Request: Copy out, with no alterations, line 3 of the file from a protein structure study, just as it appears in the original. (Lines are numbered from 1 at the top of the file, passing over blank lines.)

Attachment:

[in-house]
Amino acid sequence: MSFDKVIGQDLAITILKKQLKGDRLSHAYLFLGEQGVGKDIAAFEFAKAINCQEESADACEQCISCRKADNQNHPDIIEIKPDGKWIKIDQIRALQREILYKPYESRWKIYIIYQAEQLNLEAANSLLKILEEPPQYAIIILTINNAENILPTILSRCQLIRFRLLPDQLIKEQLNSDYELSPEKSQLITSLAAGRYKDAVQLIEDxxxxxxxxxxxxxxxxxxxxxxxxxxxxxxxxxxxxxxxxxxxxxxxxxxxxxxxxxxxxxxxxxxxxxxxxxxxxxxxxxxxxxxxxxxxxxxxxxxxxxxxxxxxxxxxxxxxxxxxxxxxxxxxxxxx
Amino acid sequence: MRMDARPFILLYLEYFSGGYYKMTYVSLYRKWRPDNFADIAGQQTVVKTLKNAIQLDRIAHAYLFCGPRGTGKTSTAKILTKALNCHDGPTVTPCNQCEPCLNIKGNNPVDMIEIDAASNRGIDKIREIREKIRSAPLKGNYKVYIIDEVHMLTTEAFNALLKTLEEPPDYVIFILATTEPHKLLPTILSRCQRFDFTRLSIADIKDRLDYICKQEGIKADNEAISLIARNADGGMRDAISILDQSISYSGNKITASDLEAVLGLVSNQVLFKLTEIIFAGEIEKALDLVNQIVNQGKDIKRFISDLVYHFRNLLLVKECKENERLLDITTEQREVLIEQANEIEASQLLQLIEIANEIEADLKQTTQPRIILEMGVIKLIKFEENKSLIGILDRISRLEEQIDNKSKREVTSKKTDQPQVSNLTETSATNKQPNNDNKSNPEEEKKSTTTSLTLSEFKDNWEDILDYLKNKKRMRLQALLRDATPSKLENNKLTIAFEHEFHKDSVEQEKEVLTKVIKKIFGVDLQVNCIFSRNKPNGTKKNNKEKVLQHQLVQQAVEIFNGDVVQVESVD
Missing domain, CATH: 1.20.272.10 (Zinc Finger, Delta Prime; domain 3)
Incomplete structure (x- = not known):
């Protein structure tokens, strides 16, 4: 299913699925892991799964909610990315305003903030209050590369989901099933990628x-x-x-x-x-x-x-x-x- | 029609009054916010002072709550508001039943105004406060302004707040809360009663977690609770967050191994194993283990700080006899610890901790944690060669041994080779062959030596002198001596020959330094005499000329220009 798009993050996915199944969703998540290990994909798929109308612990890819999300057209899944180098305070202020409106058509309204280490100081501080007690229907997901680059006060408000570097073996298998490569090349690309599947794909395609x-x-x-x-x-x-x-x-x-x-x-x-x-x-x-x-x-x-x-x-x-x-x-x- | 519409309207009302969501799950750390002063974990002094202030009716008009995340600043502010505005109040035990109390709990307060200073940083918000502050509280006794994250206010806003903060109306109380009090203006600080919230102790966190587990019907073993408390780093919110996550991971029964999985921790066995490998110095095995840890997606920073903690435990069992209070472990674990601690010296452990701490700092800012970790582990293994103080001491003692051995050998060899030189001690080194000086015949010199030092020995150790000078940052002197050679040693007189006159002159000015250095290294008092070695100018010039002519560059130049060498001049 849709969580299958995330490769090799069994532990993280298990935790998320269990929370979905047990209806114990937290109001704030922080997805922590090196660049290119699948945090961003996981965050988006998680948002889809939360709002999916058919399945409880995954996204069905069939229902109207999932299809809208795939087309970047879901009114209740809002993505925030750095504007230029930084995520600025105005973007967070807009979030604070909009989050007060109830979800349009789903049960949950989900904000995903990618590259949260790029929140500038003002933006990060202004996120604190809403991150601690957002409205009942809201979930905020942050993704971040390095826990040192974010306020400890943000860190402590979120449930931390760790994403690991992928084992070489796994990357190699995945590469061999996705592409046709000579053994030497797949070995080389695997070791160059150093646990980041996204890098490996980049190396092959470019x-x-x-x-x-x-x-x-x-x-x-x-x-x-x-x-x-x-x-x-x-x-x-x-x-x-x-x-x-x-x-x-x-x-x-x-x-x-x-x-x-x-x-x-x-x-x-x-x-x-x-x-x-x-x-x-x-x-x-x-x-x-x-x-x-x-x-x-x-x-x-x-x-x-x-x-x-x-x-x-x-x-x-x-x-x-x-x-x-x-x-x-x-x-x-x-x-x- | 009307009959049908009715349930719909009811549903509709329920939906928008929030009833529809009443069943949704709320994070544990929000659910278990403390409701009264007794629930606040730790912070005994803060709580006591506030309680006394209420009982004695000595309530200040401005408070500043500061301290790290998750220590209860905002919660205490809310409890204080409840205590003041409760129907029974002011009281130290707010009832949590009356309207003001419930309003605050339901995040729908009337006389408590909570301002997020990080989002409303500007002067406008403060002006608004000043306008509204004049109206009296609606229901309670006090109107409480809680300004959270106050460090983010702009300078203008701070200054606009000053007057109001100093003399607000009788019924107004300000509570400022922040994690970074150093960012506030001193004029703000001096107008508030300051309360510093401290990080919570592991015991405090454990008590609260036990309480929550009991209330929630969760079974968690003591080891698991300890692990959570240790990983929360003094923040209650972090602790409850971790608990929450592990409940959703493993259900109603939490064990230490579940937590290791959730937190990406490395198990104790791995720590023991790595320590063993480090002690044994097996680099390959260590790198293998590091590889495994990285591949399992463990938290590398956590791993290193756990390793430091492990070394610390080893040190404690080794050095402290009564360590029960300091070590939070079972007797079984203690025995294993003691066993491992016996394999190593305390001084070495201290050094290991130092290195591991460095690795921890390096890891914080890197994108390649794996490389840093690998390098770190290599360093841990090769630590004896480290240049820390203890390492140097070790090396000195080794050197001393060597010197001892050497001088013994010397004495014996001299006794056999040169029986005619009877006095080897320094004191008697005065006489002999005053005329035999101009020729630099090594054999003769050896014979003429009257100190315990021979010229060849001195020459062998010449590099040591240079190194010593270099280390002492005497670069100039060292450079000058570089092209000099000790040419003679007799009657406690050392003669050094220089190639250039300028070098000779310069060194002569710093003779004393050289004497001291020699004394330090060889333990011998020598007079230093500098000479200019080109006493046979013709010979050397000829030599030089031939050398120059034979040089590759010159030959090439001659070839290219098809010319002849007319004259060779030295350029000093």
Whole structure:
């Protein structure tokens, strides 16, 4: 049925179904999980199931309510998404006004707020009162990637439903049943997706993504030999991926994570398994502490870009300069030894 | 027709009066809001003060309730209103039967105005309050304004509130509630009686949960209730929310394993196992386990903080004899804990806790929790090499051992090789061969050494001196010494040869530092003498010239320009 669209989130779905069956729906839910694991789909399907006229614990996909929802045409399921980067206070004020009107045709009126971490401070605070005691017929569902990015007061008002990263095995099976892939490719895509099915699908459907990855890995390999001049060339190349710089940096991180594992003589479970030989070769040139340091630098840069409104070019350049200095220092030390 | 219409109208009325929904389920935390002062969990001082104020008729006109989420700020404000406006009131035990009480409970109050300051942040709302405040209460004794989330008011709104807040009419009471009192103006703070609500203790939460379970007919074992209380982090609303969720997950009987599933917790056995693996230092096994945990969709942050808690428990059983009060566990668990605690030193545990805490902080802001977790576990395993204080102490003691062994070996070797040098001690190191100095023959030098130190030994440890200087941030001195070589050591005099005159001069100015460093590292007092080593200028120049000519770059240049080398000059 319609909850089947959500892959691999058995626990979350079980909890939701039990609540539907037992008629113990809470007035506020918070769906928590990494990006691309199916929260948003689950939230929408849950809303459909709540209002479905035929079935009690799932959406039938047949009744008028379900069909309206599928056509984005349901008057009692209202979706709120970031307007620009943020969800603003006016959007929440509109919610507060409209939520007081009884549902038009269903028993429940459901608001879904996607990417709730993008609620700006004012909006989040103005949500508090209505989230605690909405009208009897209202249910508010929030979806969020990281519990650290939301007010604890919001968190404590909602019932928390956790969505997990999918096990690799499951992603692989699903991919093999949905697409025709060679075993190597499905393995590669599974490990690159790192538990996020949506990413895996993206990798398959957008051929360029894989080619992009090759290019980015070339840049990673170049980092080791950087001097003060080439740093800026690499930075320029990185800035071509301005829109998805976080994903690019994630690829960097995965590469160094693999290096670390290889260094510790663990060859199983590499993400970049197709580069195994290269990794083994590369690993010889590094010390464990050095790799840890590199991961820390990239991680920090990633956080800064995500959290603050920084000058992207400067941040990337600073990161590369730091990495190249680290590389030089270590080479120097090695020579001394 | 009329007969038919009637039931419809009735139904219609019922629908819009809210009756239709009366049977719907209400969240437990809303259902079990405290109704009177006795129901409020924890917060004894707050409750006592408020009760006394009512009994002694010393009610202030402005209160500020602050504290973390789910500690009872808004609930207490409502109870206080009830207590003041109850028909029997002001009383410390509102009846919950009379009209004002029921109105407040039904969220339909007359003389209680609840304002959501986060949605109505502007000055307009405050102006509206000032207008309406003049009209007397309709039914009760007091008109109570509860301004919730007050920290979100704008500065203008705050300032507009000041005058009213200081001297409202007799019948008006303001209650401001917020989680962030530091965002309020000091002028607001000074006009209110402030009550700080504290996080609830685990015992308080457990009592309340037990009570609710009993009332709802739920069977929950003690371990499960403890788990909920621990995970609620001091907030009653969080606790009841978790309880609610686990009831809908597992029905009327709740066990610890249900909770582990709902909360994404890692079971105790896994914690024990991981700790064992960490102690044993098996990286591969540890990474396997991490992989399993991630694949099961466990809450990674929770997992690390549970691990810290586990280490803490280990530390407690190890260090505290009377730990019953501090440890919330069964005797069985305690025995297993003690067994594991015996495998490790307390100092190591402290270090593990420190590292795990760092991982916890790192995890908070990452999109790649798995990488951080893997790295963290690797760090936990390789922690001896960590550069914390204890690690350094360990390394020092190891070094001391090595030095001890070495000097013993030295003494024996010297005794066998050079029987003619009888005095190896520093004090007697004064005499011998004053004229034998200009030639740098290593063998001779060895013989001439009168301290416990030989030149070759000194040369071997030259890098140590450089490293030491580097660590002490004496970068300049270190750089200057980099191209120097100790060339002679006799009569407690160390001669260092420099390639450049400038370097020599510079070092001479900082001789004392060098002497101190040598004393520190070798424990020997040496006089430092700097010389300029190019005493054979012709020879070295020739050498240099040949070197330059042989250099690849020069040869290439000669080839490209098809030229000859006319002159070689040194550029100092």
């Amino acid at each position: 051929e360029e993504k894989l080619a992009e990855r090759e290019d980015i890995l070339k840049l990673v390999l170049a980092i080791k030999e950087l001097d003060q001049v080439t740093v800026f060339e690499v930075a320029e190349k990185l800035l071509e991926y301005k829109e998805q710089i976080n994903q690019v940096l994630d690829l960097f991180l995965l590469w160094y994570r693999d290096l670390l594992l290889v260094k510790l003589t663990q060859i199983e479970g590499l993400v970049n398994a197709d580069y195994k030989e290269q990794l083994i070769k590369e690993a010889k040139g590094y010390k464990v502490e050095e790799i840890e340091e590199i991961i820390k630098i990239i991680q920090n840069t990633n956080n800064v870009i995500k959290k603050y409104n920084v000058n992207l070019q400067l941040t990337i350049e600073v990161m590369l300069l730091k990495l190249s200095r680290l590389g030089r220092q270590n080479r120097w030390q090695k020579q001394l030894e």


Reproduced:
Amino acid sequence: MRMDARPFILLYLEYFSGGYYKMTYVSLYRKWRPDNFADIAGQQTVVKTLKNAIQLDRIAHAYLFCGPRGTGKTSTAKILTKALNCHDGPTVTPCNQCEPCLNIKGNNPVDMIEIDAASNRGIDKIREIREKIRSAPLKGNYKVYIIDEVHMLTTEAFNALLKTLEEPPDYVIFILATTEPHKLLPTILSRCQRFDFTRLSIADIKDRLDYICKQEGIKADNEAISLIARNADGGMRDAISILDQSISYSGNKITASDLEAVLGLVSNQVLFKLTEIIFAGEIEKALDLVNQIVNQGKDIKRFISDLVYHFRNLLLVKECKENERLLDITTEQREVLIEQANEIEASQLLQLIEIANEIEADLKQTTQPRIILEMGVIKLIKFEENKSLIGILDRISRLEEQIDNKSKREVTSKKTDQPQVSNLTETSATNKQPNNDNKSNPEEEKKSTTTSLTLSEFKDNWEDILDYLKNKKRMRLQALLRDATPSKLENNKLTIAFEHEFHKDSVEQEKEVLTKVIKKIFGVDLQVNCIFSRNKPNGTKKNNKEKVLQHQLVQQAVEIFNGDVVQVESVD